MARQUEZ (voice-over): New Jersey Governor Chris Christie not backing down from his mandatory quarantine order.

CHRISTIE: I absolutely have no second thoughts about it.

MARQUEZ: But his handling of Ebola nurse Kaci Hickox's quarantine in Newark is getting slammed. Hickox has just landed at Newark Airport after treating Ebola patient in Sierra Leone when Christie announced abruptly that he was instituting a 21-day mandatory quarantine for all health care workers returning from West Africa.

KACI HICKOX, NURSE UNDER MANDATORY QUARANTINE IN NEW JERSEY: I just came back from one of the most difficult months of my life. And to make me stay for 21 days, to not be with my family, to put me through this emotional and physical stress is completely unacceptable.

MARQUEZ: Conditions in New Jersey quarantine stark. The toilet wrapped in plastic and sitting on a locked removable box. To stay clean, a foot pump sink. No shower. The room a decent size. But is this a fitting way to treat a health care worker who just completed a tough month-long assignment in Ebola-stricken Sierra Leone?

HICKOX: There always needs to be a balance because I also want to be treated with compassion and humanity. I don't feel like I've been treated that way the past three days. MARQUEZ: The New Jersey governor says tough, it is a public health

issue. He's protecting his citizens and insists Hickox appeared sick.

CHRISTIE: The reason she was put in the hospital in the first place is because she was running a high fever and was symptomatic.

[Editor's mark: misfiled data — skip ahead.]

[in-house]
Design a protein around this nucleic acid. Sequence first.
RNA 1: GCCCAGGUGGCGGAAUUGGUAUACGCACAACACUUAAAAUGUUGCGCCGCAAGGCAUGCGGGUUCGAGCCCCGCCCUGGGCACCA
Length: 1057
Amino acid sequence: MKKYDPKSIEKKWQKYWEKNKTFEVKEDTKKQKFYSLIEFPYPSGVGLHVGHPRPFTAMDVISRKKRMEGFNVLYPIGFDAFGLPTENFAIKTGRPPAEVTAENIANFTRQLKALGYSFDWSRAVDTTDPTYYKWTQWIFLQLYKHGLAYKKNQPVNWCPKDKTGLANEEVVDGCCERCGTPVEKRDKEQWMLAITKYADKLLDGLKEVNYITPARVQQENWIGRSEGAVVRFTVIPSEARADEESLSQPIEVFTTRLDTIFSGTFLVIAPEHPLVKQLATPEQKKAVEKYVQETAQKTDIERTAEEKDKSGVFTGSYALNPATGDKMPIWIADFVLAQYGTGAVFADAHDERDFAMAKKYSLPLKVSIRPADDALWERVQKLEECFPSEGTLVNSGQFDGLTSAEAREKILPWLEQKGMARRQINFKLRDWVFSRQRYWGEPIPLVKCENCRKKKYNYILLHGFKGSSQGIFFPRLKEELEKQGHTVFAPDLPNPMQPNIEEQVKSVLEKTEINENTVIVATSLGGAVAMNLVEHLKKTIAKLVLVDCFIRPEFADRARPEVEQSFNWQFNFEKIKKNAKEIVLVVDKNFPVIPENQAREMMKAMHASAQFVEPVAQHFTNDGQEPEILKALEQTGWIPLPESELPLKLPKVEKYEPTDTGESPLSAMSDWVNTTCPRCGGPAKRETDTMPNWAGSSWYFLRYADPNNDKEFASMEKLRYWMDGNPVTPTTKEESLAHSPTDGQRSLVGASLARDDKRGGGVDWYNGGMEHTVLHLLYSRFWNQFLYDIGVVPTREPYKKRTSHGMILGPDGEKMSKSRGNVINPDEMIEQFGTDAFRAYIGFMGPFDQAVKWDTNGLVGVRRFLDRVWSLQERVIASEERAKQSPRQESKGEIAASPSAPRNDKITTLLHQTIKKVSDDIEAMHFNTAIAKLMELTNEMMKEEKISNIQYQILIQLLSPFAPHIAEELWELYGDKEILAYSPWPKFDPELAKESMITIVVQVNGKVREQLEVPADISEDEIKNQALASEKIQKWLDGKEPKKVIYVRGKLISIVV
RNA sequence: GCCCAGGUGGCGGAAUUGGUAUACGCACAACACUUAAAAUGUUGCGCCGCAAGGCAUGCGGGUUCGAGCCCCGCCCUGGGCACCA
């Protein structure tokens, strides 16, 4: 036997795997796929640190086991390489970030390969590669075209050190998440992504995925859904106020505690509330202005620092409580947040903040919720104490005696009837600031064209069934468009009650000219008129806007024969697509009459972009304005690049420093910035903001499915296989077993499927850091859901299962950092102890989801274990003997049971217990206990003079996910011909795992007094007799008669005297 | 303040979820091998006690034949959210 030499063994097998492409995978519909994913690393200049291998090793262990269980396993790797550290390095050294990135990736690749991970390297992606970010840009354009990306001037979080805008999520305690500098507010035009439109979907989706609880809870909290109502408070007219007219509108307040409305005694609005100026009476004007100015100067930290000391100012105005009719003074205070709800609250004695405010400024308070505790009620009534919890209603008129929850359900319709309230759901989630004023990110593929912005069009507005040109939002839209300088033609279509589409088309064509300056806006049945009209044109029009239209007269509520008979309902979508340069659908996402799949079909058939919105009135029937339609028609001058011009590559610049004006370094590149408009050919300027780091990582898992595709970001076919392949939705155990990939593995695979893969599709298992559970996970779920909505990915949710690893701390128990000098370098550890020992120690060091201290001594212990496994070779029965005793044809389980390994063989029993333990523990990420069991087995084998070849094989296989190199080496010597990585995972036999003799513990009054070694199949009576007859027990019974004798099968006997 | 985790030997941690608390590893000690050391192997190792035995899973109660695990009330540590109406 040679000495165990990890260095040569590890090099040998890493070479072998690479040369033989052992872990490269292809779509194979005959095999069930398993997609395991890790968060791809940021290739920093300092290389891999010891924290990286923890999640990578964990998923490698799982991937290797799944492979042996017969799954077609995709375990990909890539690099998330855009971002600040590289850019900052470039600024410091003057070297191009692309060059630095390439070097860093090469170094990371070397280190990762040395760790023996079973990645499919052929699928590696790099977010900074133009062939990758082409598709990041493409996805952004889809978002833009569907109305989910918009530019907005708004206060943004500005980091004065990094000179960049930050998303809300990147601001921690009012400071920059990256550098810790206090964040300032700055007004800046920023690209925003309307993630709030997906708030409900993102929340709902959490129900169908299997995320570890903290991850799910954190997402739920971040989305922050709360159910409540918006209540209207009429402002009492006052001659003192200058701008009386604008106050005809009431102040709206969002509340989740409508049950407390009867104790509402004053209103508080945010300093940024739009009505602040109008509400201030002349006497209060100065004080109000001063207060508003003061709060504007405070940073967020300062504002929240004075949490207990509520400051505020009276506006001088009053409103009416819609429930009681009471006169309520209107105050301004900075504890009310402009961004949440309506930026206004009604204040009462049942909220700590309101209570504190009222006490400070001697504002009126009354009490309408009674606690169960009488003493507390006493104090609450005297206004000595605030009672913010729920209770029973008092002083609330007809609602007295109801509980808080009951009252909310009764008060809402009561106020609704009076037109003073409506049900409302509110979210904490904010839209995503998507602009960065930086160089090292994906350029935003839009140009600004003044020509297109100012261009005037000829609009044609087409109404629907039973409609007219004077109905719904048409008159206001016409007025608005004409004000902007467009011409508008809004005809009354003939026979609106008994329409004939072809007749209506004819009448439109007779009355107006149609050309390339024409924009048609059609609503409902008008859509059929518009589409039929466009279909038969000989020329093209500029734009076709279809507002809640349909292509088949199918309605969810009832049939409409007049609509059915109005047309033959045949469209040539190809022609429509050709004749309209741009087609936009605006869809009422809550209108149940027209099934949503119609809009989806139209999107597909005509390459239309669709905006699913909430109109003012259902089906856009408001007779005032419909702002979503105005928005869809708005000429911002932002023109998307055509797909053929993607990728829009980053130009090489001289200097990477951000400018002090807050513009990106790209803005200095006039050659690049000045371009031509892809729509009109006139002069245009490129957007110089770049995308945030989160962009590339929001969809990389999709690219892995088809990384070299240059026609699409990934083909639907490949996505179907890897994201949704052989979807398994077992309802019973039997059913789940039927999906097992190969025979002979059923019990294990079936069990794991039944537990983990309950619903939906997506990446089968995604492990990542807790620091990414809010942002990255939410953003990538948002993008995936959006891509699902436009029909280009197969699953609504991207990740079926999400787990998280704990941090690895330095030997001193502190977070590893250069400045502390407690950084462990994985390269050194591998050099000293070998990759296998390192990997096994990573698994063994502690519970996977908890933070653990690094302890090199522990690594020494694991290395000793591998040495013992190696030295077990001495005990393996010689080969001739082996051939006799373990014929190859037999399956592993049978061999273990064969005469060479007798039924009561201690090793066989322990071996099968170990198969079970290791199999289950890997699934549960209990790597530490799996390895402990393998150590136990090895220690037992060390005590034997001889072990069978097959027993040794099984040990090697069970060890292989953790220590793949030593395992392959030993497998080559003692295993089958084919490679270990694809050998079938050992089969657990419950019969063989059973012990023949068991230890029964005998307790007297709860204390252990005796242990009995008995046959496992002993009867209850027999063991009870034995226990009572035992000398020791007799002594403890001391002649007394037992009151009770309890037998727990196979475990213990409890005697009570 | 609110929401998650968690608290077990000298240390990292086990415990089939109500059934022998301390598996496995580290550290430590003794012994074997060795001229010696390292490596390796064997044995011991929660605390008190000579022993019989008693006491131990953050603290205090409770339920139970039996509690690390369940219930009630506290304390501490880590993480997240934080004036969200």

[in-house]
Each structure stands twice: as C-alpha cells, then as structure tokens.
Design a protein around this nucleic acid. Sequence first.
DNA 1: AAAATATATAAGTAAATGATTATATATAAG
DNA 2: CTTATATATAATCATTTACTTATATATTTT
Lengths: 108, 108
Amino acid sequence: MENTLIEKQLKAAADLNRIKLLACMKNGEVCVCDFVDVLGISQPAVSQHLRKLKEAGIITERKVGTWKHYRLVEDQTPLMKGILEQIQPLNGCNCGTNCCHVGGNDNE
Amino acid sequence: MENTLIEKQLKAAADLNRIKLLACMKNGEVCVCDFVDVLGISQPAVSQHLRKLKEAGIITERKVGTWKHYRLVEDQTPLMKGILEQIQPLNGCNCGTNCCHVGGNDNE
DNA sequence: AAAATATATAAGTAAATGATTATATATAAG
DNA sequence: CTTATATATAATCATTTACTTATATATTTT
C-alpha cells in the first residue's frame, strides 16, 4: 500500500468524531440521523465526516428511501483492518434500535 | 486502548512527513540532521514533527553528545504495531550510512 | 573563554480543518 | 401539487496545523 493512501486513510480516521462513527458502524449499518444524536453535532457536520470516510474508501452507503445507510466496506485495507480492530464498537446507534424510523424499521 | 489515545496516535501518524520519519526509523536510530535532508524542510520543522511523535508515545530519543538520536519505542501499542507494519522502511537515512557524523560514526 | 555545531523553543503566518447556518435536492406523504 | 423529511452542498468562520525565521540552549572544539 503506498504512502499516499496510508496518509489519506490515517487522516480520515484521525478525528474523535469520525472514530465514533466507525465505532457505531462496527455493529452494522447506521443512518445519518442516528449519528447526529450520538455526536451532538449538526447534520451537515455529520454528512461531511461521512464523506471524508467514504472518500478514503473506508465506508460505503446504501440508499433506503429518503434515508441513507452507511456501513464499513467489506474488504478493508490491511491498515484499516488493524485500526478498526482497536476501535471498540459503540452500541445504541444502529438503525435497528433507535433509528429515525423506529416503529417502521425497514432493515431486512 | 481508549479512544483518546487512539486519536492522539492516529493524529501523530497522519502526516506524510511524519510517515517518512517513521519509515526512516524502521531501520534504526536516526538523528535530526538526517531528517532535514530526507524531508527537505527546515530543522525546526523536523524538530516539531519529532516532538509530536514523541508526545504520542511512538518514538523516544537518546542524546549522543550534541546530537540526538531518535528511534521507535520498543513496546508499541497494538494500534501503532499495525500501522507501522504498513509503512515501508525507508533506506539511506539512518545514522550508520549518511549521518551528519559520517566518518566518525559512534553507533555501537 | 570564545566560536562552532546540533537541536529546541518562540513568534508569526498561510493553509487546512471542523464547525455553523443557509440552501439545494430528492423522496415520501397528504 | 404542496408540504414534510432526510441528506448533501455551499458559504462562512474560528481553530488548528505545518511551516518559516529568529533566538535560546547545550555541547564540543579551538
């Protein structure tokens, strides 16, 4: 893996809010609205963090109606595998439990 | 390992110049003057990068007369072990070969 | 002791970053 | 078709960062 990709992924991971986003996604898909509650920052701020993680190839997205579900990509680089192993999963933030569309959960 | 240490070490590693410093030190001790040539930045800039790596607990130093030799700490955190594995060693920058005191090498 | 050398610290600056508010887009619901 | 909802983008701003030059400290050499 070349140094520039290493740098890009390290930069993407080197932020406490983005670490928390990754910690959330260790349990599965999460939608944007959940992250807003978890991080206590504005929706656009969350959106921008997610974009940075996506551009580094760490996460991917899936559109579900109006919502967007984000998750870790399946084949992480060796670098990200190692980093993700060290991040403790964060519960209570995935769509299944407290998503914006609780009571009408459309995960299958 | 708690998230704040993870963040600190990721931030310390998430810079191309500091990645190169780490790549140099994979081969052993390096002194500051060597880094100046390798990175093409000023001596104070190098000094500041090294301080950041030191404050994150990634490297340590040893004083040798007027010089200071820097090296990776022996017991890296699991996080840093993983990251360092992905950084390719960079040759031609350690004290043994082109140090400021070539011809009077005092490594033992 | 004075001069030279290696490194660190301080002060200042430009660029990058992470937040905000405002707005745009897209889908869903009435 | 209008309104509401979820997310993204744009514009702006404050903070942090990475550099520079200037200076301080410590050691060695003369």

MARQUEZ: Christie's move, raising questions from the highest levels.

JOSH EARNEST, WHITE HOUSE PRESS SECRETARY: Her service and commitment to this cause is something that should be honored and respected. And I don't think we do that by making her live in a tent for two or three days.

MARQUEZ: And after a weekend in quarantine, Hickox is suddenly being released.

UNIDENTIFIED MALE: Why did you reverse your decision and release her?

CHRISTIE: I didn't reverse a decision. Why are you saying I reversed a decision?

UNIDENTIFIED MALE: That's because now she gets to go home --

CHRISTIE: She always got -- if was continuing to be ill, she hasn't had any symptoms for 24 hours and she tested negative for Ebola. So there's no reason to keep her.

MARQUEZ: But the aid worker who helped those struggling in Sierra Leone where nearly 1300 people have died says politics and Ebola just don't mix.

HICKOX: This is so frustrating to me. First of all, I don't think he is a doctor and secondly, he's never laid eyes on me. And thirdly, I have been asymptomatic since I've been here.


MARQUEZ: Now Kaci Hickox was working for Doctors Without Borders and that group came out with a very strong statement today saying that this sort of quarantine would hinder their efforts to stop the disease and probably only bring more individuals into this country with Ebola.

Meantime here at Bellevue, a 5-year-old boy who was brought in for testing after returning from Guinea on Saturday night, he has turned out to be negative in his first blood test for Ebola. But he and his mother will remain here at the hospital as well as Dr. Spencer to be tested several more times to make sure he is Ebola-free -- Erin.